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date: 24 April 2024



  • Richard Allan Tomlinson


  • Greek Material Culture: Bronze Age

In bronze-age Crete and Greece palaces serve as complex administrative centres, as well as the residence of presumed monarchs (see minoan and mycenaean civilization). With the rise of Macedon, monarchy is once more a significant political institution. The palace at Pella (late-4th cent.?), and the palace (late-4th or 3rd cent.) of Aegae (Vergina), consist of rooms around substantial colonnaded courtyards. The ground floor rooms at Aegae are arranged almost entirely for formal feasting, one, with an antechamber, and marble and mosaic embellishment, being presumably that of the king and his closest ‘friends’ (see dining-rooms).

Apart from written descriptions, recent underwater research in the Great Harbour of Alexandria (1) is revealing elements of the Ptolemaic palace area, partly submerged as a result of seismic activity. This confirms that it comprised a complex of various elements, rather than a single unified structure, a mixture of separate administrative and related structures, together with special feasting buildings, one, built for Ptolemy II in the form of a Macedonian dining tent, having sufficient space for 130 feasting couches.

In Rome the favoured area was the Palatine Hill (which gives its name to palaces as a type). The definitive construction is that of Domitian (incorporating some earlier work by Claudius and part of Nero's Domus Transitoria). This comprises two large brick and concrete structures arranged around courtyards, one with large rooms designed for public receptions and functions, the other with smaller rooms and dining-rooms, presumably the residential area. Before this Nero had built his Domus Aurea (Golden House), sprawling over a large part of the city in imitation of the palace at Alexandria. Left unfinished at his suicide it was then demolished, or subsequently incorporated into the baths of Trajan. The rambling rural ‘Villa’ of Hadrian at Tibur (Tivoli) probably reflects the type. See also ai khanoum; europus.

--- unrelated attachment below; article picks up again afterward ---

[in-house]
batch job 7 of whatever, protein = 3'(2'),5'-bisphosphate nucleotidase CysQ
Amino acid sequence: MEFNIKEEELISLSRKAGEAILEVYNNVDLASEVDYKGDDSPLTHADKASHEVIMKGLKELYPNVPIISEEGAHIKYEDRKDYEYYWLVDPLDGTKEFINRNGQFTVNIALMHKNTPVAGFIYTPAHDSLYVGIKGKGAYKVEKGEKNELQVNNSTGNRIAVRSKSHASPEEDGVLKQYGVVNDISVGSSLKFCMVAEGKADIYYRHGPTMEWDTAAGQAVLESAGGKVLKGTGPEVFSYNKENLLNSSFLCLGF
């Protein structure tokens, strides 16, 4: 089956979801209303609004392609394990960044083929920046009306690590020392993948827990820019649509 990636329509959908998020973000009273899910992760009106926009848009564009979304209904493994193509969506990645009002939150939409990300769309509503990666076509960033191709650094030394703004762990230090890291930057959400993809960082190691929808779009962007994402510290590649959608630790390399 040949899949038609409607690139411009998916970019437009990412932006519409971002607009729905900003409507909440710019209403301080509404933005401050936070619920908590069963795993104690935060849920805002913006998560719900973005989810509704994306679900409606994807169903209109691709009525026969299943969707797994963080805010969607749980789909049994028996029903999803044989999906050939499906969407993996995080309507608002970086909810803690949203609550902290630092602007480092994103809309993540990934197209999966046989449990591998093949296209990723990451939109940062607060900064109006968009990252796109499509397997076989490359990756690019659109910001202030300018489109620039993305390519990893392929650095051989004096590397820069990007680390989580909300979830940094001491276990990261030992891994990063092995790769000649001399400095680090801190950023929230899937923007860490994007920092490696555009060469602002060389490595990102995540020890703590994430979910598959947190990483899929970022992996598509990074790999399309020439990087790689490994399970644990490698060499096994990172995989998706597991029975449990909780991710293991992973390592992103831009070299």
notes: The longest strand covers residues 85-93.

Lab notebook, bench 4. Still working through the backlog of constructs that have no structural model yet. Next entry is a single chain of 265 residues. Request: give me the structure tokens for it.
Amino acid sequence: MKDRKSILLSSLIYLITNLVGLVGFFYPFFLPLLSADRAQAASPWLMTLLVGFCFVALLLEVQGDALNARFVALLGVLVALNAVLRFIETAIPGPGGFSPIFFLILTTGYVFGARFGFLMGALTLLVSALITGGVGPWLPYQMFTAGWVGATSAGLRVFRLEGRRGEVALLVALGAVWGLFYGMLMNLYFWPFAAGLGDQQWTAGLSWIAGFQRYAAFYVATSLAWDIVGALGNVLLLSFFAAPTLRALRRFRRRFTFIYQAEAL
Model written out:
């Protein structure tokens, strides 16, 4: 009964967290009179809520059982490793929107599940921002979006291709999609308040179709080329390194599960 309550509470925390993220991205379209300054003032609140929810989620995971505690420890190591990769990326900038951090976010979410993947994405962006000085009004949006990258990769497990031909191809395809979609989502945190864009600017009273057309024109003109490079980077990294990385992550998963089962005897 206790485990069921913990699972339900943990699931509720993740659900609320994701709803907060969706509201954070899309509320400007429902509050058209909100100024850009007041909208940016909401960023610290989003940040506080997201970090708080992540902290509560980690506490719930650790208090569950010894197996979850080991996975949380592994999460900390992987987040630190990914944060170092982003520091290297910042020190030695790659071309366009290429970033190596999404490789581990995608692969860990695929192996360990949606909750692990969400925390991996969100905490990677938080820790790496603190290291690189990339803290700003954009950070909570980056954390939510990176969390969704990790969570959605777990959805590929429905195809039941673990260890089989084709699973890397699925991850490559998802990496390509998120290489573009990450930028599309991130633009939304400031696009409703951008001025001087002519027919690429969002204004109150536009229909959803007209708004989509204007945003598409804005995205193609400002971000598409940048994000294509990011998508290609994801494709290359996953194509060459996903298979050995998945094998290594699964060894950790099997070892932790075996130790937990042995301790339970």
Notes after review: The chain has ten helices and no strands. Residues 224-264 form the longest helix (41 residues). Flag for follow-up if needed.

• A. G. McKay, Houses, Villas and Palaces in the Roman World (1975).
  • F. Sear, Roman Architecture (1982).
  • I. Nielsen, Hellenistic Palaces (1994).
  • W. Hoepfner and G. Brands (eds.), Basileia (1996).
  • F. Goddio and A. Bernand, Sunken Egypt (2004).